“Smaller stores must become the authority in their trading area to become the first call of news channels and PR events”, says Marc Joseph, CEO & President, DollarDays. “So if you own a toy store, make sure everyone in town knows you know what the hottest trends are in toys for the upcoming season. If you own a clothing store, brag about the upcoming fashions. If you own a coffee store, make sure your community knows you can talk about the latest blends and trends. Being visible and part of your community in sponsorship and non-profit involvement helps your business get noticed. Chain stores are not set up to become intimately involved in their communities”.
7. Educate Your Customers
“In a world of big box stores, we have to be creative to bring customers into our store”, Cindy Jones shares, Ph.D., Formulator of Colorado Aromatics Cultivated Skin Care. “Sometimes it’s more about the experience. We sell our own line of skin care products as well as a few other gifts and spa items. Customers know that they can come to our store and get good information about how to take care of their specific skin needs. So, education is a big component of shopping in our store. We strive to make our store comfortable and beautiful, so customers feel welcomed and relaxed when they visit. We also have events at the store where customers can come relax, network, and learn something new“.
8. Blog Your Way Up to Top Results
For local, independent retailers with a limited budget showing up on the first search results page is difficult. Great content, though, goes a long way and you can actually blog your way up to top results. Especially if your business is in a niche, there might only be a few articles about the subject.
Charles Dugan, President, and Owner of American Image Display advise: “Have an active blog that covers topics and trends in your industry“. “Big retailers usually aren’t specialized. They generally are selling a wider variety of products and may even be involved in multiple industries. By blogging, you can carve out a niche and establish yourself as an expert in your field. Your passion and knowledge should come through in your writing. A blog makes it easier for prospective customers to find your website and select your business over larger competitors”.
9. Start a Podcast or a Vlog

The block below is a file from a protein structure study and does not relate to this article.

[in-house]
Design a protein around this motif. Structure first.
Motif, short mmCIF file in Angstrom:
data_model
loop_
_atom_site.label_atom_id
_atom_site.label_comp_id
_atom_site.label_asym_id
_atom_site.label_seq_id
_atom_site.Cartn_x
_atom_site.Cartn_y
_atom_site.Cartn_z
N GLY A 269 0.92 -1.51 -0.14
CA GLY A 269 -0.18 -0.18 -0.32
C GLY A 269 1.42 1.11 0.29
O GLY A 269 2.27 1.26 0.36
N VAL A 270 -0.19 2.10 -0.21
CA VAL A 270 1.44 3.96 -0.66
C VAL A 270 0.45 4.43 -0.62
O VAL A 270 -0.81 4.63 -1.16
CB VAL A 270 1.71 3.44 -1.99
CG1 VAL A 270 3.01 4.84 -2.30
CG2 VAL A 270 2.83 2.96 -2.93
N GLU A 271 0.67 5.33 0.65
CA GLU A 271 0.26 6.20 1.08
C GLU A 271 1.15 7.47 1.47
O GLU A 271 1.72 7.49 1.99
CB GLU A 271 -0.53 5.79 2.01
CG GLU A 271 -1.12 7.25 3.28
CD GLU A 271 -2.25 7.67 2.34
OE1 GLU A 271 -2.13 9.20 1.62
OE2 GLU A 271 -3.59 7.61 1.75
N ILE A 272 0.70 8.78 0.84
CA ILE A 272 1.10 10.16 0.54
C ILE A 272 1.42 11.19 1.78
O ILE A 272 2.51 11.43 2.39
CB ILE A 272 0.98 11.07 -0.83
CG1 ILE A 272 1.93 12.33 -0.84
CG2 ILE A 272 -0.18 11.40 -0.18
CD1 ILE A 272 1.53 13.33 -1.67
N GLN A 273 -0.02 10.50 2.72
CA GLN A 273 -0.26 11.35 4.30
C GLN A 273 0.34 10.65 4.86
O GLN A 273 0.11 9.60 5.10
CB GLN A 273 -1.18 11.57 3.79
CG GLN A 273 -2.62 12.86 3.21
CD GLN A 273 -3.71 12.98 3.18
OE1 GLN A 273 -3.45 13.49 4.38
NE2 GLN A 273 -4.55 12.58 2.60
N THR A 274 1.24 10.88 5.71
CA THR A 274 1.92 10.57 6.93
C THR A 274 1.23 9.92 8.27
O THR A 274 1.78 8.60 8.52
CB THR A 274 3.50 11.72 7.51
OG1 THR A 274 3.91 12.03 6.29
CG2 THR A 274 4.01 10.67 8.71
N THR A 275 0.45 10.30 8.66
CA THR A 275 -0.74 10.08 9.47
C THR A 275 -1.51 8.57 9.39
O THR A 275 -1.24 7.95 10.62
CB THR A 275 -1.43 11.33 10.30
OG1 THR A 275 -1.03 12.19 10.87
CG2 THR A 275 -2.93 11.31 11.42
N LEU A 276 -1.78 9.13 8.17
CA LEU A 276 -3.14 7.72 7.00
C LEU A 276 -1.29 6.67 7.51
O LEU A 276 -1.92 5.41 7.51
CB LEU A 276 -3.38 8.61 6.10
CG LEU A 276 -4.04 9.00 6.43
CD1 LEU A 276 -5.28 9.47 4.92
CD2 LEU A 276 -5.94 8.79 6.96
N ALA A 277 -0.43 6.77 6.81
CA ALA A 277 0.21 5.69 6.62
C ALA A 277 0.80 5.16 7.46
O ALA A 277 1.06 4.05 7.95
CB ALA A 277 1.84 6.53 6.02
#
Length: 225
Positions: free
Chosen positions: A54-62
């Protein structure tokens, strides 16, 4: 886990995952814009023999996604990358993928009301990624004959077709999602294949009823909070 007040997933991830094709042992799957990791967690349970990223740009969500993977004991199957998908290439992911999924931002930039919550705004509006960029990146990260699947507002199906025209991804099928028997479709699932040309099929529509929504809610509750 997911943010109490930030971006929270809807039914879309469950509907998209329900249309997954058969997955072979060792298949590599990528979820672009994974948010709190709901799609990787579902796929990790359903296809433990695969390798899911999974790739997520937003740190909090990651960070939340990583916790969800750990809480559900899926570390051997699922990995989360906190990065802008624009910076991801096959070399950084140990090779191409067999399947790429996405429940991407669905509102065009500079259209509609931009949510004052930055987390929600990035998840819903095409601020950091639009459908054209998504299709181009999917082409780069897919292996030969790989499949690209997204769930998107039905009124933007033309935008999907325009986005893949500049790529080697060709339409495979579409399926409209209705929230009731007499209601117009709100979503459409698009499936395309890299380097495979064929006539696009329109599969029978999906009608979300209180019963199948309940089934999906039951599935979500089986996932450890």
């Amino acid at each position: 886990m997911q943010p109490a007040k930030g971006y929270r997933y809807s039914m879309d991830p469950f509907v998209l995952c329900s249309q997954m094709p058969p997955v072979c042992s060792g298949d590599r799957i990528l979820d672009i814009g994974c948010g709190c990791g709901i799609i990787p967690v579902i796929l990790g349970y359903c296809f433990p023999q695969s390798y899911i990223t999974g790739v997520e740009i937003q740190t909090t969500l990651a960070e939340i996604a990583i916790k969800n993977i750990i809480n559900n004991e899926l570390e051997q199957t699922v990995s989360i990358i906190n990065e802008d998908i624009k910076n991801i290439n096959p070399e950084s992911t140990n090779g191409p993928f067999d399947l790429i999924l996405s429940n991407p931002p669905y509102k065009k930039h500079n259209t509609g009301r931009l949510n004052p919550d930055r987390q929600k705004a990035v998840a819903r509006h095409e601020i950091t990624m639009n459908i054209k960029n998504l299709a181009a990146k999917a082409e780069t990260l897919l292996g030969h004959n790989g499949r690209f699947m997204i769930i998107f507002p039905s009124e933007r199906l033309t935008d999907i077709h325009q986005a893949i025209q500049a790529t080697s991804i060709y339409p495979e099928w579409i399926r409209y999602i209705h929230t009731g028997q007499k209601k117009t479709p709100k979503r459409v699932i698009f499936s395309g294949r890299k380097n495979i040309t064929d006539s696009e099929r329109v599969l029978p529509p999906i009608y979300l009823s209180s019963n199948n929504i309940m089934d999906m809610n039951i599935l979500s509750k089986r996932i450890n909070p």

“YouTube is the second largest search engine on the planet but is seriously undervalued by retail owners”, says Chris McCarron of GoGoChimp. “Seasoned digital marketers and big brand stores don’t understand YouTube SEO or Watch Time algorithms, but it’s actually really easy to shoot straight to the top of YouTube’s search results and suggested videos. If you want your content to get hundreds of thousands of views, spend a little time looking into best practices. You’ll soon discover that it’s incredibly simple and quick to dominate top rankings. You’ll then gain a newly engaged audience that’s heavily invested in you and your brand. This will eventually produce a surge in paying customers”.
You can use a tool like Flexclip if you are new to vlogging as it is beginner-friendly and provides video templates.
10. Create Unique Visuals
“One way you can set yourself apart from the competition is to produce your own imagery online.” Sam Williamson, Co-founder of CBDiablo, continues: “By making the effort to do this, smaller businesses can set themselves apart from larger competitors who will mainly use imagery provided by suppliers or stock imagery. Although arranging and paying for the photo shoots can be a hassle, the end result is definitely worth it”.
11. Acquire Customer Reviews
“Competing with known brands can be a challenge for small retailers.” Gary Murray shares his personal experience as the eCommerce Manager of Leader Doors. “As we are not as well-established as some of the other bigger DIY retailers, Leader Doors has have had to work tirelessly on our online reputation, which is why we use websites like Trustpilot as a platform for people to share their online experiences shopping with us and rely heavily on word-of-mouth to spread our brand profile around the country. We have also worked hard to bring in the right product lines to ensure that new customers associate our brand name with both quality and value-for-money”.